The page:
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Michael Skakel Update: Kennedy cousin denied bond while awaiting new trial in Moxley murder case

Michael Skakel convicted for murder of Martha Moxley in Greenwich, in Superior Court court for hearing to determine if he can get a new trial, Stamford, Connecticut, in April 19, 2007.

Michael Skakel in Rockville Superior Court in Rockville, Conn., Wednesday, Nov. 6, 2013.
CBS affiliate WFSB

Updated 2:24 p.m.

(CBS/AP) VERNON, Conn. - A Connecticut judge ruled Wednesday that he did not have the authority to grant bail for imprisoned Kennedy cousin Michael Skakel, who wona new trial last month in the 1975 slaying of his Greenwich, Conn. neighbor, 15-year-old Martha Moxley.  

WATCH: 48 Hours: "The Ghosts of Greenwich"

Judge Thomas Bishop did lift a stay in the case, and if the state's appellate review board upholds the judge's ruling, Skakel's attorneys could apply for a bail hearing in 10 days.

Judge Bishop said the bail issue can only be addressed at  Stamford/Norwalk Superior Court.

Skakel was present for the hearing Wednesday morning in Rockville Superior Court.He appeared before the judge in handcuffs and a suit. At times, he put his head down, closed his eyes and shook his head as the state argued against his release.

Judge Bishop ordered a new trial for Skakel last month saying Skakel's trial attorney, Michael Sherman, failed to adequately represent him in 2002 when he was found guilty of bludgeoning Moxley with a golf club. 

The 53-year-old nephew of Robert F. Kennedy's widow, Ethel Kennedy, is serving 20 years to life.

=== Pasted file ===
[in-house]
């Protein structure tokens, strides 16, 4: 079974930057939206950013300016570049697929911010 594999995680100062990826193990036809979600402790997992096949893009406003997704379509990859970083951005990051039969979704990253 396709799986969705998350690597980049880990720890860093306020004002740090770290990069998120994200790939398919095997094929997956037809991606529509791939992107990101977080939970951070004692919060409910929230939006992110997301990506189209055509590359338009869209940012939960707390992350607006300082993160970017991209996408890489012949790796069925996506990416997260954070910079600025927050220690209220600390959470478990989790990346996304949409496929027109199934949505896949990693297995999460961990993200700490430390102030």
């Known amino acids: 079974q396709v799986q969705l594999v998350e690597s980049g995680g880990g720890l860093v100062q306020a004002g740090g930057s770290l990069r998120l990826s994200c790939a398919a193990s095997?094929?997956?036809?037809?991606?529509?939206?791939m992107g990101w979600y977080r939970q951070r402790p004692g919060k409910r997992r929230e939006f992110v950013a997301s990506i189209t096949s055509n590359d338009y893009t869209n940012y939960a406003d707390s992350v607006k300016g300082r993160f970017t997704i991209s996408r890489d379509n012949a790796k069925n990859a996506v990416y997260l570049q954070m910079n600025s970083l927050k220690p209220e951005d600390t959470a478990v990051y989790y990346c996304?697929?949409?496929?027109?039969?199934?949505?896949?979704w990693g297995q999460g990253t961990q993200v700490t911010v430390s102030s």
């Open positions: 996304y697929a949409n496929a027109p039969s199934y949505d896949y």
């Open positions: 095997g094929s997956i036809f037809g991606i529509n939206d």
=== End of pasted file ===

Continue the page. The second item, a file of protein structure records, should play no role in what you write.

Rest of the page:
Skakel's current attorney, Hubert Santos, filed a motion after the ruling seeking a $500,000 bond.On Wednesday, Judge Bishop asked for legal briefs from both sides, questioning whether he has the authority to consider a motion for bond because his orders are stayed and state law excludes bail for those convicted of murder.

"He should have been let our when your honor issued his decision 15 days ago," Santos said in court Wednesday. "This defendant has the right to walk out of this courtroom today."

Prosecutor Susann Gill argued state law excludes bail for those convicted of murder and terminating the stay would thwart the administration of justice by requiring the state to retry Skakel before an appeal is finished. Gill went on to say that if the stay was lifted, the case should go back to the judicial court of Stamford.

While Judge Bishop agreed to lift the stay Wednesday, he said the habeas court does not have the authority to grant Skakel bail.

Bishop said that while Skakel is entitled to bail, he does "not believe this is the appropriate court to take this action." He also said a state appeal of his decision is unlikely to be successful.

"My sense is that this is not a very strong appeal," the judge said.

Gill has said she disagrees that an appeal likely won't be successful.

Complete coverage of Michael Skakel on Crimesider

  • Crimesider Staff

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